“If we train our breathing, we can control our emotions—that is, we can cope with the happiness and pain in our lives.” Buddhadasa Bhikkhu
Ever try to hold your breath until you turned blue? OK, so you threatened your mom when you were a kid, but before you would turn blue you would just pass out so your body could take a big suck of air and get back to living. Three minutes, that’s all it takes to rob the brain of enough oxygen to put you into the deep sleep. And yet it is common for people to unconsciously hold their breath for short periods throughout the day. In a yoga or meditation practice your breath is the key that unlocks the door to the inner Self. It is called Prana, a Sanskrit word, which translates as both breath and life. Prana is the vital energy force that pervades our physical, mental, and spiritual bodies, keeping us alive and vibrant. It also pervades the entire universe.
The practice of pranayama (breath work) allows for full control of that energizing force in ones body, providing excellent health, and a purification of the nervous system, bringing the sense-urges and cravings under the practitioners control. After maintaining a consistent practice even for a short period of time, you will find that you will automatically bring your awareness to your breath whenever you need to calm or focus your mind.
I met a man once who told me how his quick temper had ruined his marriage and relationships with co-workers. Someone had suggested he try meditation to gain control over his emotions. What he found was that the angrier he became in a situation, the more his chest would tighten from holding his breath until he would explode with verbal or physical violence. He began to focus his awareness on just breathing calmly. To his surprise, his heart rate would begin to slow, the tension in the pit of his stomach eased, and he could take a full, deep inhale, dissipating his anger.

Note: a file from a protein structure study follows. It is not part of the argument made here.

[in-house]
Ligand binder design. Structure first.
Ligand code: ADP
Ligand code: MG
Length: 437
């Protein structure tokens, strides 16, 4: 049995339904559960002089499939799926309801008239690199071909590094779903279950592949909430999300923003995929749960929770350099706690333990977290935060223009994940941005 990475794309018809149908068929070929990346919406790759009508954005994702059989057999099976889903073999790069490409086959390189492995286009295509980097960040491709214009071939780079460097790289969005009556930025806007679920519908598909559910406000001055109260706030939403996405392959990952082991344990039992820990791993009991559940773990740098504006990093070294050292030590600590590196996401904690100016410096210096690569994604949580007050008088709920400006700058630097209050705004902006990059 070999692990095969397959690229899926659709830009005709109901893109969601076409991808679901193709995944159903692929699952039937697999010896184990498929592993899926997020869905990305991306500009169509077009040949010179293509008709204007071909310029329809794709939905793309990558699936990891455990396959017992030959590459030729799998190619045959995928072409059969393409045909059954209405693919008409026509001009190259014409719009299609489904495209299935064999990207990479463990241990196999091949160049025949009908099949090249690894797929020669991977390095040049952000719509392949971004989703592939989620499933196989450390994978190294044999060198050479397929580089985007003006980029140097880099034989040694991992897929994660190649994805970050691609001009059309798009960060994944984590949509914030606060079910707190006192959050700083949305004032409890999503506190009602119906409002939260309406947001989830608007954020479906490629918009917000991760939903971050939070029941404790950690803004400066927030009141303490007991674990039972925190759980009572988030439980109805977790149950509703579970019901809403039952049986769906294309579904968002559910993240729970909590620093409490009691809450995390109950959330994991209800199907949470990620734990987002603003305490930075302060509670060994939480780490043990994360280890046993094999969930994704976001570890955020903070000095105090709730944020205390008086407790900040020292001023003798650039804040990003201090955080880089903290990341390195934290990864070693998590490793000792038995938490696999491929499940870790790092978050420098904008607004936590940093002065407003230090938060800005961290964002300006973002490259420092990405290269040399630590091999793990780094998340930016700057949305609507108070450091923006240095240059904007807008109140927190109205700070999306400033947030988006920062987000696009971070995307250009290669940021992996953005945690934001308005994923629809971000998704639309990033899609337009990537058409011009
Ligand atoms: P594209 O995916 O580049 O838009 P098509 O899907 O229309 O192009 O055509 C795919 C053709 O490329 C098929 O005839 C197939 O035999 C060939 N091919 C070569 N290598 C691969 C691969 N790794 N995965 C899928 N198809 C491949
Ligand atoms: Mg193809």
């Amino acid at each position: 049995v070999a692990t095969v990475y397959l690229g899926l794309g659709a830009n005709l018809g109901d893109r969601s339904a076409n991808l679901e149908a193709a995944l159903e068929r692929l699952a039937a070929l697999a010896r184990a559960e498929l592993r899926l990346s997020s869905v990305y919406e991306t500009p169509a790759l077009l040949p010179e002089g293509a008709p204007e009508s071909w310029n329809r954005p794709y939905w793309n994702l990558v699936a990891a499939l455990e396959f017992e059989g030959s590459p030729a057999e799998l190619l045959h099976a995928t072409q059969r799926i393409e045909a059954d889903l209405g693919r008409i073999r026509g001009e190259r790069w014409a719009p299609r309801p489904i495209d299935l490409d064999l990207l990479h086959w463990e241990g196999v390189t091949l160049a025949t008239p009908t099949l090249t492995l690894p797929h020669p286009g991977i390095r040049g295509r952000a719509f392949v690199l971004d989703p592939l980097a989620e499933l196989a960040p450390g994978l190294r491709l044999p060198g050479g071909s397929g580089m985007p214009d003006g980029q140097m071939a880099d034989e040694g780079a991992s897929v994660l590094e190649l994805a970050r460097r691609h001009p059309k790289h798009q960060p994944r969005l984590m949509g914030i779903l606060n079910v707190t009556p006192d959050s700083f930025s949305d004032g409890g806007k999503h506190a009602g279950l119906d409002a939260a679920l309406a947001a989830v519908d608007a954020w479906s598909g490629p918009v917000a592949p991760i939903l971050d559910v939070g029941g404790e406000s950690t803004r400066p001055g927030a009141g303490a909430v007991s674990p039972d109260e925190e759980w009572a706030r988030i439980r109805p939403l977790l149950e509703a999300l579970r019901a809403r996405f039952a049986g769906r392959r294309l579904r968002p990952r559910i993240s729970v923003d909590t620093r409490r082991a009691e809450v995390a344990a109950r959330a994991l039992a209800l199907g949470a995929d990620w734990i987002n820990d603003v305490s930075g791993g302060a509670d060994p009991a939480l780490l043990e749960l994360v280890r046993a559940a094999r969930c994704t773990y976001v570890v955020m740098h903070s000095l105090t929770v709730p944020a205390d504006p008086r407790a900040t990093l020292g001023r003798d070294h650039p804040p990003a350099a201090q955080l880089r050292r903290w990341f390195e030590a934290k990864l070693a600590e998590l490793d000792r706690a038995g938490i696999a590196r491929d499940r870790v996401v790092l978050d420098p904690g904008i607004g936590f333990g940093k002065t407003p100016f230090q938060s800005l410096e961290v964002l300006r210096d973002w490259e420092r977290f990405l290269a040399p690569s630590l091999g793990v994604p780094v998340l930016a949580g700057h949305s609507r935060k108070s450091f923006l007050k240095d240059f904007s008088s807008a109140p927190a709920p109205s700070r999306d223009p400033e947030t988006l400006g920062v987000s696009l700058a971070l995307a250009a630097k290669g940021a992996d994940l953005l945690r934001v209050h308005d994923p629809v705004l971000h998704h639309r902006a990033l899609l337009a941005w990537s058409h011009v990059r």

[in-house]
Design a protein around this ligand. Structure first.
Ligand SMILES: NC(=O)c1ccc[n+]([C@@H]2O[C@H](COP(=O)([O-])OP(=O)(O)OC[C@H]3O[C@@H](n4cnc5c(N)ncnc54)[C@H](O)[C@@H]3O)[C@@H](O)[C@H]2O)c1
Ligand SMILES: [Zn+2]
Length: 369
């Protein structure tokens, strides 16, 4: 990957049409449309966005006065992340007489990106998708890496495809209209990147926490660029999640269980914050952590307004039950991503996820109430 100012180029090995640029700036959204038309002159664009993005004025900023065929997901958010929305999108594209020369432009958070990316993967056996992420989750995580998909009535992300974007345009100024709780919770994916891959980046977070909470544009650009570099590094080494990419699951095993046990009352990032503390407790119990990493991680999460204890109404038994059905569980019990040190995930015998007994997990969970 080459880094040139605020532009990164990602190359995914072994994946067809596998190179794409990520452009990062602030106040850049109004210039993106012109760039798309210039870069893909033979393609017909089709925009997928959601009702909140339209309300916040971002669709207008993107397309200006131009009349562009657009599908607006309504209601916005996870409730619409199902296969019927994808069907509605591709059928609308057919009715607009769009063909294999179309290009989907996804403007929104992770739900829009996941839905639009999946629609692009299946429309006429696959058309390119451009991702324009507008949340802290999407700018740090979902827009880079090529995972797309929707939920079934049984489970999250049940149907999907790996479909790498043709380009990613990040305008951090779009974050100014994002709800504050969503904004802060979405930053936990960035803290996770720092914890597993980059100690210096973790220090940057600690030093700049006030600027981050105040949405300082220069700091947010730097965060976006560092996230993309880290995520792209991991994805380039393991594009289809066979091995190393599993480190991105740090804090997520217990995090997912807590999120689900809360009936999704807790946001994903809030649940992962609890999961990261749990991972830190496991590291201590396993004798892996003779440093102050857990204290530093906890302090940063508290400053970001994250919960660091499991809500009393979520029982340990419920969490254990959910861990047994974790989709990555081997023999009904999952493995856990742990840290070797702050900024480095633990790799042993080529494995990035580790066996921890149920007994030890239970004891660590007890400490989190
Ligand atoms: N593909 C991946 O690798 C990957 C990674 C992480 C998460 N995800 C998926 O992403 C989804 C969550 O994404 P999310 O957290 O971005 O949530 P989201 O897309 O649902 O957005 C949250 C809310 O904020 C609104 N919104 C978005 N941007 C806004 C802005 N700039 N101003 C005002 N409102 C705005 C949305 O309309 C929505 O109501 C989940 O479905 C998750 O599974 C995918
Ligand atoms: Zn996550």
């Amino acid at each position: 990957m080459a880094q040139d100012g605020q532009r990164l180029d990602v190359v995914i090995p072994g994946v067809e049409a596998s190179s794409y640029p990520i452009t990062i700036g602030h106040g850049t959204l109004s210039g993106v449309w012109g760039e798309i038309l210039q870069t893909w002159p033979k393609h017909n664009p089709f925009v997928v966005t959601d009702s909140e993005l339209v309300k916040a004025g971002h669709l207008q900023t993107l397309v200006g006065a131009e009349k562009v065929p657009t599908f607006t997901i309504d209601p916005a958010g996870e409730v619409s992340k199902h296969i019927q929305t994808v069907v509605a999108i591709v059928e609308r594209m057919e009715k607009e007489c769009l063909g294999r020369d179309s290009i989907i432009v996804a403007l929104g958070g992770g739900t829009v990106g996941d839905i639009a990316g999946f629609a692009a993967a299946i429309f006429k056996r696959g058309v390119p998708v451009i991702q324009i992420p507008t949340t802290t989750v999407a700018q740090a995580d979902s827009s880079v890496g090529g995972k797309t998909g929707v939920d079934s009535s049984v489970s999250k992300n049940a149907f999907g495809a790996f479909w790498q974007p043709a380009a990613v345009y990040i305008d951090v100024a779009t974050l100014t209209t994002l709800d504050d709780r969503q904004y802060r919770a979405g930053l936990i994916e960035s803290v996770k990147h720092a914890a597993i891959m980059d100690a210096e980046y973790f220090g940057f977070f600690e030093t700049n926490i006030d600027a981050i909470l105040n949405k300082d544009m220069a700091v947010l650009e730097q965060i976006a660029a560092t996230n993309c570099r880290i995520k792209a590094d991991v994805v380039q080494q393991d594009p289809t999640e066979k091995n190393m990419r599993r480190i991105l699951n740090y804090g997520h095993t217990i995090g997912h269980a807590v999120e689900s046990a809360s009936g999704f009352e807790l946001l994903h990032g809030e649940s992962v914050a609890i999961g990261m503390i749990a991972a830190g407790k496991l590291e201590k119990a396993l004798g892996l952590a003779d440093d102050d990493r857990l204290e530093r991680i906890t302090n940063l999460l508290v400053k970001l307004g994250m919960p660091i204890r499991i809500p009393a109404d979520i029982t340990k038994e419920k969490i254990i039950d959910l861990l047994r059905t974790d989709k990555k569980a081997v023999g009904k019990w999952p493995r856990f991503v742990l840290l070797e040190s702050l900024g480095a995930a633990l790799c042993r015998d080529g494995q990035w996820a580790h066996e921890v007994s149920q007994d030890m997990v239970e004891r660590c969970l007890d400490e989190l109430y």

Godfrey Devereux, in his book The Elements of Yoga, describes how there is no amount of flexibility, strength, stamina, or concentration that can compensate for breath that is repressed in the body. If the breath is inhibited, the mind cannot free itself from limitations from past conditioning and old habits. The breath is the sherpa that leads the climber to the peak of Everest; it is the guide that lovingly takes us through the restrictions of our mind to the true nature of the Self.
Next: A Simple Breathing Practice
The traditional practice of breath meditation is to simply sit still. Now close your eyes and center yourself to the flow of your breath.
1. Slowly begin to count to six on the inhale, then count to six on the exhale.
Do this for six rounds.
2. Take three normal breaths, and then count to six on the inhale and deepen the breath to eight on the exhale. (This takes you into a deeper state of relaxation).
Do this for another six rounds.
3. Take three normal breaths and return to a six-count inhale with a six-count exhale for six rounds. At the end of this, relax and breathe normally.
Remember that you are not the breather but rather the observer of the breath, watching the natural flow of each inhale and exhale.